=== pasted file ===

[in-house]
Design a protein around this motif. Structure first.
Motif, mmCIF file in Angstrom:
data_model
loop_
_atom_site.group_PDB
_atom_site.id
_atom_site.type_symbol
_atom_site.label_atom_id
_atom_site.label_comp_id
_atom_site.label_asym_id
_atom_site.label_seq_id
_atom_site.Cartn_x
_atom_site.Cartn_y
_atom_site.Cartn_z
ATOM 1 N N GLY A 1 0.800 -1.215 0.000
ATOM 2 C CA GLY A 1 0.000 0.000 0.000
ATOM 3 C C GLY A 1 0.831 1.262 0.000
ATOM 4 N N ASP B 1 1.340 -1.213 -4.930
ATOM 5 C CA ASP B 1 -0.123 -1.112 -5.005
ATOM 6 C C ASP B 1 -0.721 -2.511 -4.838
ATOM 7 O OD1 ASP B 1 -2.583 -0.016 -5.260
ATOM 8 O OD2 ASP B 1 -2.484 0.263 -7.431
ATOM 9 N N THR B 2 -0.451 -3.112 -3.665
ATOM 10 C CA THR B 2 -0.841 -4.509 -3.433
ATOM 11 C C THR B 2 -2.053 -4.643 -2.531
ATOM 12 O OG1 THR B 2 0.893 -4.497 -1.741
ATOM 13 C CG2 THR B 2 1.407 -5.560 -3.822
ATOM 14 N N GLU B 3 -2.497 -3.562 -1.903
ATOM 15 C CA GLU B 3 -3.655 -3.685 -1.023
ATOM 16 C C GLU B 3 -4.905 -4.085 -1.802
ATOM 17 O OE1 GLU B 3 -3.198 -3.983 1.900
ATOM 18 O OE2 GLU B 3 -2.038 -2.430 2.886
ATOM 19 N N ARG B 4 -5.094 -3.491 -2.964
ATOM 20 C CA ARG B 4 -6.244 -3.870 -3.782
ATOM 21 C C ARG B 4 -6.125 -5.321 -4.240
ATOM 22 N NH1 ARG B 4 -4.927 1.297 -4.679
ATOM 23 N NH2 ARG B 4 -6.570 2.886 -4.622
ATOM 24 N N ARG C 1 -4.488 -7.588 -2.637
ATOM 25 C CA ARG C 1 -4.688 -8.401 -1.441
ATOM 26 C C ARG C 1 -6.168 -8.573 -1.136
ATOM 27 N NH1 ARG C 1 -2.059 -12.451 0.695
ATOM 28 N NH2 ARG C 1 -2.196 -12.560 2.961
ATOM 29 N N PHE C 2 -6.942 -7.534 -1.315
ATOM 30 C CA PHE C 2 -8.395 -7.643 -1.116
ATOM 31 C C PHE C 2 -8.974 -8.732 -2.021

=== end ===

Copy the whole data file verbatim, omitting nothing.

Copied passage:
[in-house]
Design a protein around this motif. Structure first.
Motif, mmCIF file in Angstrom:
data_model
loop_
_atom_site.group_PDB
_atom_site.id
_atom_site.type_symbol
_atom_site.label_atom_id
_atom_site.label_comp_id
_atom_site.label_asym_id
_atom_site.label_seq_id
_atom_site.Cartn_x
_atom_site.Cartn_y
_atom_site.Cartn_z
ATOM 1 N N GLY A 1 0.800 -1.215 0.000
ATOM 2 C CA GLY A 1 0.000 0.000 0.000
ATOM 3 C C GLY A 1 0.831 1.262 0.000
ATOM 4 N N ASP B 1 1.340 -1.213 -4.930
ATOM 5 C CA ASP B 1 -0.123 -1.112 -5.005
ATOM 6 C C ASP B 1 -0.721 -2.511 -4.838
ATOM 7 O OD1 ASP B 1 -2.583 -0.016 -5.260
ATOM 8 O OD2 ASP B 1 -2.484 0.263 -7.431
ATOM 9 N N THR B 2 -0.451 -3.112 -3.665
ATOM 10 C CA THR B 2 -0.841 -4.509 -3.433
ATOM 11 C C THR B 2 -2.053 -4.643 -2.531
ATOM 12 O OG1 THR B 2 0.893 -4.497 -1.741
ATOM 13 C CG2 THR B 2 1.407 -5.560 -3.822
ATOM 14 N N GLU B 3 -2.497 -3.562 -1.903
ATOM 15 C CA GLU B 3 -3.655 -3.685 -1.023
ATOM 16 C C GLU B 3 -4.905 -4.085 -1.802
ATOM 17 O OE1 GLU B 3 -3.198 -3.983 1.900
ATOM 18 O OE2 GLU B 3 -2.038 -2.430 2.886
ATOM 19 N N ARG B 4 -5.094 -3.491 -2.964
ATOM 20 C CA ARG B 4 -6.244 -3.870 -3.782
ATOM 21 C C ARG B 4 -6.125 -5.321 -4.240
ATOM 22 N NH1 ARG B 4 -4.927 1.297 -4.679
ATOM 23 N NH2 ARG B 4 -6.570 2.886 -4.622
ATOM 24 N N ARG C 1 -4.488 -7.588 -2.637
ATOM 25 C CA ARG C 1 -4.688 -8.401 -1.441
ATOM 26 C C ARG C 1 -6.168 -8.573 -1.136
ATOM 27 N NH1 ARG C 1 -2.059 -12.451 0.695
ATOM 28 N NH2 ARG C 1 -2.196 -12.560 2.961
ATOM 29 N N PHE C 2 -6.942 -7.534 -1.315
ATOM 30 C CA PHE C 2 -8.395 -7.643 -1.116
ATOM 31 C C PHE C 2 -8.974 -8.732 -2.021